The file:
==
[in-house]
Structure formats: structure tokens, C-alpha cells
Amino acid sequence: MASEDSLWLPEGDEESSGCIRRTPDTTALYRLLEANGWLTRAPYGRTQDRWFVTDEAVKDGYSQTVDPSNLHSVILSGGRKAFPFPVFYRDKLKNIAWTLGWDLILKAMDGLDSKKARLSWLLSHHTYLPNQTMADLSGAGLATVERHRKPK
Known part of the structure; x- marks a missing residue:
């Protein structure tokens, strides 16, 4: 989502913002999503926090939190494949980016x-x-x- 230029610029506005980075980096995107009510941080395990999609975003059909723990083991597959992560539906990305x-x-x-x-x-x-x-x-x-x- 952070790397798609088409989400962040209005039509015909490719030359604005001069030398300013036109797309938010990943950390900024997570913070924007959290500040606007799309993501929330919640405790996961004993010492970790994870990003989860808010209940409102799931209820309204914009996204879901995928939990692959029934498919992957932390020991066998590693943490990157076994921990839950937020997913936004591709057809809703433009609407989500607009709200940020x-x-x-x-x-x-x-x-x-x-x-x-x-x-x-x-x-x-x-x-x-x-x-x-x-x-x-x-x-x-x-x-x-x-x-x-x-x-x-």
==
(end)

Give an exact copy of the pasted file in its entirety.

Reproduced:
[in-house]
Structure formats: structure tokens, C-alpha cells
Amino acid sequence: MASEDSLWLPEGDEESSGCIRRTPDTTALYRLLEANGWLTRAPYGRTQDRWFVTDEAVKDGYSQTVDPSNLHSVILSGGRKAFPFPVFYRDKLKNIAWTLGWDLILKAMDGLDSKKARLSWLLSHHTYLPNQTMADLSGAGLATVERHRKPK
Known part of the structure; x- marks a missing residue:
């Protein structure tokens, strides 16, 4: 989502913002999503926090939190494949980016x-x-x- 230029610029506005980075980096995107009510941080395990999609975003059909723990083991597959992560539906990305x-x-x-x-x-x-x-x-x-x- 952070790397798609088409989400962040209005039509015909490719030359604005001069030398300013036109797309938010990943950390900024997570913070924007959290500040606007799309993501929330919640405790996961004993010492970790994870990003989860808010209940409102799931209820309204914009996204879901995928939990692959029934498919992957932390020991066998590693943490990157076994921990839950937020997913936004591709057809809703433009609407989500607009709200940020x-x-x-x-x-x-x-x-x-x-x-x-x-x-x-x-x-x-x-x-x-x-x-x-x-x-x-x-x-x-x-x-x-x-x-x-x-x-x-």